You might know the drinks you like. But if you'd like to know more, here's a column to shed some light.
Good grape guide: CABERNET SAUVIGNON
Cabernet sauvignon is known as 'The King of Grapes'. Its grape variety is responsible for the great clarets of Bordeaux and some finest wines in California and Chile. Closer to home, it's responsible for some of Australia's most famous red wines from regions such as Coonawarra, the Yarra Valley and Margaret River - regal reds with their deep purple colour and firm, upstanding character.
Cabernet is famous for its blackcurranty, elegant flavours and its often full-bodied, dry taste. And nearly all of these characteristics come from the small, dark-coloured grapes.
Everything you need to make the wine is in the grape: the sugary, juicy pulp inside the grape to give the wine its eventual alcohol and liquid, and the colour-rich skin with all the tannin and extract to give the wine its dryness and grip in the mouth. Also, because of its white powdery bloom on the outside, some yeasts to kick off fermentation. Because of its full-bodied flavour and dry, grippy taste, cabernet sauvignon is one of the best reds to stash away. After five years or more in a cool, dark place, it develops complex, savoury characters of cedar and earthiness.
Whether it's an old bottle with sediment in the bottom, or a young bottle full of bold, brash fruit flavours, cabernet sauvignon often benefits from a good airing to help it loosen up and give you more drinking pleasure. Try decanting an hour or so before serving - use a posh decanter if you like, or a simple jug. Cabernet also likes to be drunk from big glasses.
It gives you the opportunity to slosh the wine around to appreciate its colour and majestic aromas. Long live the king!
Blending the grapes
You know, it's a funny thing, but quite a few people think wines made from a single grape variety are better somehow than blends of two or more different grapes. So straight shiraz, for example, is more revered than shiraz cabernet, a blend of shiraz and cabernet sauvignon.
For me, this doesn't make sense. I think of wine as food one ingredient can be wonderful on its own, it's very often better when paired or blended with other ingredients. Also, there are some ingredients that go particularly well with each other.Think of the humble tomato. If it's a home-grown, sunripened specimen just picked off the vine, still warm, it'll probably be delicious. But add a slice of fresh mozzarella, a basil leaf and a drizzle of olive oil and ... well, to me the blend of flavours now sounds a lot more attractive. It's the same with wine. Take semillon it tastes lemony, full, soft, but it's not highly aromatic. Now take sauvignon blanc it's much more perfumed, but light and a bit sharp. Put the two together and they complement each other perfectly. Other good examples of blends that go well together include lemony semillon and richer-tasting chardonnay, firm cabernet and soft merlot, ripe shiraz and lean cabernet, full-bodied red shiraz and the perfumed white viognier, and spicy grenache with firm mourvedre, which makes the perfect wine for an easy Sunday lunch. Walking with the wine judges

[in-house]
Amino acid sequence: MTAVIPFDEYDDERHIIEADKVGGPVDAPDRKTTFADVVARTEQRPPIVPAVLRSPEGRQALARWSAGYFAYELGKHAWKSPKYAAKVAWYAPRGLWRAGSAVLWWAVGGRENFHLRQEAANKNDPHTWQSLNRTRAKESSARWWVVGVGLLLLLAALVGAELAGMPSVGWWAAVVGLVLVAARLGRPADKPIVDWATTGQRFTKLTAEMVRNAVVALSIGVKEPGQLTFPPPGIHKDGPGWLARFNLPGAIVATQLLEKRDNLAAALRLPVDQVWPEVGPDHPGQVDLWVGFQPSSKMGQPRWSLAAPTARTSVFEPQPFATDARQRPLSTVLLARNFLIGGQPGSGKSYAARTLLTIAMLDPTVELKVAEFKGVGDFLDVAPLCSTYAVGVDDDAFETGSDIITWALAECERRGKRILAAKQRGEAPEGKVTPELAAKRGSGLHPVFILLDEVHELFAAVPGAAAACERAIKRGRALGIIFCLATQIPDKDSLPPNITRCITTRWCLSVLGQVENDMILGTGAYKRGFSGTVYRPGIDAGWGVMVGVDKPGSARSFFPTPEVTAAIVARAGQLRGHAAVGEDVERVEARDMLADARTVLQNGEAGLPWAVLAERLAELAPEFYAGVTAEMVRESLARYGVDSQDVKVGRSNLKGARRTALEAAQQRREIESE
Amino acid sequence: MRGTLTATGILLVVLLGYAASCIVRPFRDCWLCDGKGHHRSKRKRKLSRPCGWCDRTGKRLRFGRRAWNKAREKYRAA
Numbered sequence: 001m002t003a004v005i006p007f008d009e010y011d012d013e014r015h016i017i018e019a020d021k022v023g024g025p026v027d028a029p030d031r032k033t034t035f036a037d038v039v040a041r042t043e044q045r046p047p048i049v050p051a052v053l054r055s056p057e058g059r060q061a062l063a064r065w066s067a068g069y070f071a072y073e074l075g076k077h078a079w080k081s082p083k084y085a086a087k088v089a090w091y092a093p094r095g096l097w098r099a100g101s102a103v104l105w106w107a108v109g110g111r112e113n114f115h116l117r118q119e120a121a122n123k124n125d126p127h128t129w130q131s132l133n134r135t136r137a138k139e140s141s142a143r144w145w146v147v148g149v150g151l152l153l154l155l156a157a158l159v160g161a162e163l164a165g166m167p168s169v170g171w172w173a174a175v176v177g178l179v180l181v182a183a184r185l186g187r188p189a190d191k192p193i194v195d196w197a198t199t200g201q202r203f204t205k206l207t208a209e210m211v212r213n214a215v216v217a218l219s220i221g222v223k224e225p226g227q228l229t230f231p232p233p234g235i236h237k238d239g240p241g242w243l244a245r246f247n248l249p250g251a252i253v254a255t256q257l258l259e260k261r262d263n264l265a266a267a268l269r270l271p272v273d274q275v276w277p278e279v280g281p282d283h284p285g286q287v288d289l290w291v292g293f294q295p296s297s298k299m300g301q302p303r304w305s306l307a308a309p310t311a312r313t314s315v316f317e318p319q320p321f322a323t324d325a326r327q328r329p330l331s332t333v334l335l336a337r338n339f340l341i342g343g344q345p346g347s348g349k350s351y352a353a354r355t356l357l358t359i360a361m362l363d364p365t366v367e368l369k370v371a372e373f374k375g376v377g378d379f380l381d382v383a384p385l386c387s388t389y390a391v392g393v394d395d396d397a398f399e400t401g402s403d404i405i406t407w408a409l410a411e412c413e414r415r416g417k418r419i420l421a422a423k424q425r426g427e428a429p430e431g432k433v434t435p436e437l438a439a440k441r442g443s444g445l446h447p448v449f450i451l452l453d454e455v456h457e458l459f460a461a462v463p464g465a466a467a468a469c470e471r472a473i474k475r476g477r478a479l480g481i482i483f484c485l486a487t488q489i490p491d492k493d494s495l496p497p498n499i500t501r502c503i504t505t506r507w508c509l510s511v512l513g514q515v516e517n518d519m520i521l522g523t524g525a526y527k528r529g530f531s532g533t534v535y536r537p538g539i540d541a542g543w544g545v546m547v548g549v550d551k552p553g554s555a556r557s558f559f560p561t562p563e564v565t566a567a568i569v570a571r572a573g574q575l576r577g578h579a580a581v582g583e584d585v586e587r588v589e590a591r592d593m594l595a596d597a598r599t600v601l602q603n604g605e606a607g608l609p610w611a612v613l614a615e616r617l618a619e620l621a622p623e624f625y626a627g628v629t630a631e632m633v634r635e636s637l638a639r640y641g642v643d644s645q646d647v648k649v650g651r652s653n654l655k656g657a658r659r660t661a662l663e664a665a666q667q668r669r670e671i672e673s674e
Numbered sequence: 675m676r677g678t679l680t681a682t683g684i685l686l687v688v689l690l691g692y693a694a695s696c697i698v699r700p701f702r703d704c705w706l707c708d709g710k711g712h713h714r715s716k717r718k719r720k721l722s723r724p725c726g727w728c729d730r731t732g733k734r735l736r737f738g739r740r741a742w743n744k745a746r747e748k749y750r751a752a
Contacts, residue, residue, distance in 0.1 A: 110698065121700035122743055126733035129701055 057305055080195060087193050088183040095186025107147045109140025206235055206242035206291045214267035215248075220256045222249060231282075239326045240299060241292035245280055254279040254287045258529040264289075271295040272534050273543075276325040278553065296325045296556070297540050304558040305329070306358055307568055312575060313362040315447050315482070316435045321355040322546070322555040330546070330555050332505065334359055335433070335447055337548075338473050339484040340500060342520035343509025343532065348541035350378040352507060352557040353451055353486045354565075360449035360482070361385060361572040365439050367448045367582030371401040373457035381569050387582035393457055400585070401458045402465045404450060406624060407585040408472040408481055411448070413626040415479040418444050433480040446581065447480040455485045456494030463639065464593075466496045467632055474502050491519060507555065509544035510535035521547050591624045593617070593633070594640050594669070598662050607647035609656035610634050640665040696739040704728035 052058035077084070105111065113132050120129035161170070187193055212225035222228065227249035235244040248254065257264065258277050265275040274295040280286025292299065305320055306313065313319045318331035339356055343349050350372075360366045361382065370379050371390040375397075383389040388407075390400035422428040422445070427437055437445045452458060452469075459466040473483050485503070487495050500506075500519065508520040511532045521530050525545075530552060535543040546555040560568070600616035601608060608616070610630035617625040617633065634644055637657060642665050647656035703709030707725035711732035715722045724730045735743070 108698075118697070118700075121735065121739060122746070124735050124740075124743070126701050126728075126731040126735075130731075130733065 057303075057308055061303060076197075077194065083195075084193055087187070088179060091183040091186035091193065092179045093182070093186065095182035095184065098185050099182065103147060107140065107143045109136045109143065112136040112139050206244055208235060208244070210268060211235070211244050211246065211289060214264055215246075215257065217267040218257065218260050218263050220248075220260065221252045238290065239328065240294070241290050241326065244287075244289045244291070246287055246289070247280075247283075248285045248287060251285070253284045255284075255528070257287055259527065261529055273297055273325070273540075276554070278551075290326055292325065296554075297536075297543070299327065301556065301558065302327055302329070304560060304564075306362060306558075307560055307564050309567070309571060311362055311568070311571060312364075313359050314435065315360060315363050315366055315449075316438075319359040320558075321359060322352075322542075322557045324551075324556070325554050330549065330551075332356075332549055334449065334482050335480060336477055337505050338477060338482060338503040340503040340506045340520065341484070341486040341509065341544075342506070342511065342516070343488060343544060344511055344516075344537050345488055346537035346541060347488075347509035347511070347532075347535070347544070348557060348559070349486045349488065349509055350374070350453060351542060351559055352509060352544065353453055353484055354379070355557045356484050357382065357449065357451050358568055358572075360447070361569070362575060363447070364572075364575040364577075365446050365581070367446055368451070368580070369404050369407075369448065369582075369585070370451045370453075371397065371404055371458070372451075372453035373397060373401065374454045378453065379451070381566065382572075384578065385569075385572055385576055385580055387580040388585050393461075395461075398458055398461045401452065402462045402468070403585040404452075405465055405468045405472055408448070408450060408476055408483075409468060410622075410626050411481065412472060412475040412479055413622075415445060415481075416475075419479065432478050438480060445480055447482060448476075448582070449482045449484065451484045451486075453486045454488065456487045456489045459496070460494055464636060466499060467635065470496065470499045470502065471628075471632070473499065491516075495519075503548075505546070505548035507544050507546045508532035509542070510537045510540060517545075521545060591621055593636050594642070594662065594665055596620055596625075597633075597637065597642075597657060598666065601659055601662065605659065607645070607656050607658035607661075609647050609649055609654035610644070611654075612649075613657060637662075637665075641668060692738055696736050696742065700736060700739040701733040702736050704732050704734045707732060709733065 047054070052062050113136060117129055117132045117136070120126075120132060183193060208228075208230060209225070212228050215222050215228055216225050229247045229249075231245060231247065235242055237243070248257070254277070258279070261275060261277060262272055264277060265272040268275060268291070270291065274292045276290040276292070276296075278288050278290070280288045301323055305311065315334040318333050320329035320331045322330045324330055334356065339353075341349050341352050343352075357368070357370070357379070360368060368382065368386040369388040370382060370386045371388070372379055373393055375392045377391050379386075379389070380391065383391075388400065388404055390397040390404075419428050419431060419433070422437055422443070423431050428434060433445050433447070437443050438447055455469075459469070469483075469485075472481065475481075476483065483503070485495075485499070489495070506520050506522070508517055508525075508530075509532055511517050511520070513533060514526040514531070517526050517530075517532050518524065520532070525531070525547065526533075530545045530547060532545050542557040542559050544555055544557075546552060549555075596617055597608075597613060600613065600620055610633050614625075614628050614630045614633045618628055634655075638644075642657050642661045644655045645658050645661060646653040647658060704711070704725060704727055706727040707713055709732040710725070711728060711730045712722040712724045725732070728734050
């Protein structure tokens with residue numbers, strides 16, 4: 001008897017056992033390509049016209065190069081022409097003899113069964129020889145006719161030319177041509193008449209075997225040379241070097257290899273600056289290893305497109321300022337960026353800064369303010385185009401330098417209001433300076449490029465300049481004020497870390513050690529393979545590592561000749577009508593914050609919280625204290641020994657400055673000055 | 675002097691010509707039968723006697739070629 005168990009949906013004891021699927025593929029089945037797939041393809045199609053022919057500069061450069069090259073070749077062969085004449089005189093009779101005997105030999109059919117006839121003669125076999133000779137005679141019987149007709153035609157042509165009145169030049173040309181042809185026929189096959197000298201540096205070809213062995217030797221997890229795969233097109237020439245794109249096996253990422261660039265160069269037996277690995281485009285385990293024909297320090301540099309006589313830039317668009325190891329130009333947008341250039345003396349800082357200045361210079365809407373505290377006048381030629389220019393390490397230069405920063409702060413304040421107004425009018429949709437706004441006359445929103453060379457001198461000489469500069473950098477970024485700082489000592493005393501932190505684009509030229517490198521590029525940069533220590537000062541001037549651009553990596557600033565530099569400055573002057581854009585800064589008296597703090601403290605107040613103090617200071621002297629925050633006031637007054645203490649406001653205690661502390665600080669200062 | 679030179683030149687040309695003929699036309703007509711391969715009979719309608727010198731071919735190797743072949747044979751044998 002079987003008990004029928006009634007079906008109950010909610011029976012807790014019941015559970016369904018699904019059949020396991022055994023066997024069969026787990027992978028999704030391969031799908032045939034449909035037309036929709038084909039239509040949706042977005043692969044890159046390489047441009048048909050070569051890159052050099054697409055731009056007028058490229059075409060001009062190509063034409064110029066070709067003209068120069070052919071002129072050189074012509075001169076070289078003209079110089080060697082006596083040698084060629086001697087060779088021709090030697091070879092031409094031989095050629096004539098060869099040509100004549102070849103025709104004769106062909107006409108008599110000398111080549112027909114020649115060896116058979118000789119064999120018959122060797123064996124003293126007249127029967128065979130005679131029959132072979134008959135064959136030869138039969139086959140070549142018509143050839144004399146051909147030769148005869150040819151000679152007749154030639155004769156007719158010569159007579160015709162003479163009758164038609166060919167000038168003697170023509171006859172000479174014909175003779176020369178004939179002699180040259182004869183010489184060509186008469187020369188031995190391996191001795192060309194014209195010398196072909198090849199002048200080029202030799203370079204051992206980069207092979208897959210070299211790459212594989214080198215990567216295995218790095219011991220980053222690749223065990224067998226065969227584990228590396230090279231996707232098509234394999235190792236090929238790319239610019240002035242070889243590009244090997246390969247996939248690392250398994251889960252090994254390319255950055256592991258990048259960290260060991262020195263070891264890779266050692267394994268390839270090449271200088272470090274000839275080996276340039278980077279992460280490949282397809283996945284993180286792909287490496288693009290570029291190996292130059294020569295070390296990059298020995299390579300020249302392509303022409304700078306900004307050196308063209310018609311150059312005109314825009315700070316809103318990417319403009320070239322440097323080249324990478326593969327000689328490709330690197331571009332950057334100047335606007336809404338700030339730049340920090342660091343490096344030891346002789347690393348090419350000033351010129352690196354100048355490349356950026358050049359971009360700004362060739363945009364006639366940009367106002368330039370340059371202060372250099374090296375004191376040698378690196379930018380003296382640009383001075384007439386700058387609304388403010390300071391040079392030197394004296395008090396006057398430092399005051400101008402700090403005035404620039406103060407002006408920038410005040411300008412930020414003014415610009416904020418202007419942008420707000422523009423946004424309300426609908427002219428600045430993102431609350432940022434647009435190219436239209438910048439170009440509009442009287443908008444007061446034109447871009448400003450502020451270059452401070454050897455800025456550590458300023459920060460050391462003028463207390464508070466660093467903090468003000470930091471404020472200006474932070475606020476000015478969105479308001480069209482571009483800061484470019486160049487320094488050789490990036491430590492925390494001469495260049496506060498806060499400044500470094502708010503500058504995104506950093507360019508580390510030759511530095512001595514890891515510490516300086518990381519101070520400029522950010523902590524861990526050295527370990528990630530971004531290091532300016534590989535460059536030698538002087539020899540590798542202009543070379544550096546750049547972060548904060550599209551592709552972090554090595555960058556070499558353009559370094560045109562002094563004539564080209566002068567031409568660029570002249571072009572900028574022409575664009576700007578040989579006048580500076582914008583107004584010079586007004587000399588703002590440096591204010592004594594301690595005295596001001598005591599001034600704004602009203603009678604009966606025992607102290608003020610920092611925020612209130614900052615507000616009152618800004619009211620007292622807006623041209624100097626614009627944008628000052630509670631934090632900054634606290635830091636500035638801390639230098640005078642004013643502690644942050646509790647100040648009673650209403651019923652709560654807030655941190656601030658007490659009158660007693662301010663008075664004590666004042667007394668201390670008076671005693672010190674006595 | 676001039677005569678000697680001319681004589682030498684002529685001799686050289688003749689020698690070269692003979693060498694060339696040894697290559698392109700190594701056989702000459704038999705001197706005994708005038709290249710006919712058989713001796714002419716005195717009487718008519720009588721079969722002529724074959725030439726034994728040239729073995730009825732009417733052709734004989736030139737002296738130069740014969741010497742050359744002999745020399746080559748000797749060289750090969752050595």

Walk into a typical bottle shop in Sydney and you're surrounded by wines. Many have a gold medal sticker on the bottle, which means a wine judge at a wine show has tasted that wine and scored it highly. But how do the experts decide which wine is worthy of a medal?
Most judging occurs in clean, odour-free, light-filled surroundings, so the judges can clearly evaluate the wines' colour and aroma.The judges drink from masked bottles and have the wines prepoured so they don't know the identity of the wine they're tasting and can't be swayed by prejudice.They then go through an elaborate ritual of squinting, swirling, sniffing, slurping and spitting to evaluate each wine, looking for faults (points are docked when these are spotted) and awarding marks for good bright colour, pleasing aromas, complexity and persistence of taste. Using the standard Australian wine show system, they award a maximum of three points for colour and appearance, seven points for smell and 10 points for taste and overall quality.
A total of 15.5 points and above is a bronze,17 is a silver and 18.5 is a gold. Gold medal wines are then re-tasted and a trophy awarded to the top wine in the line-up. Right. An award-winning white wine from the National Wine Show of Australia.
- License: Royalty Free or iStock source: 34565
About the author: Tommy Crans is a Wine expert who writes for The City Web Guide Magazine.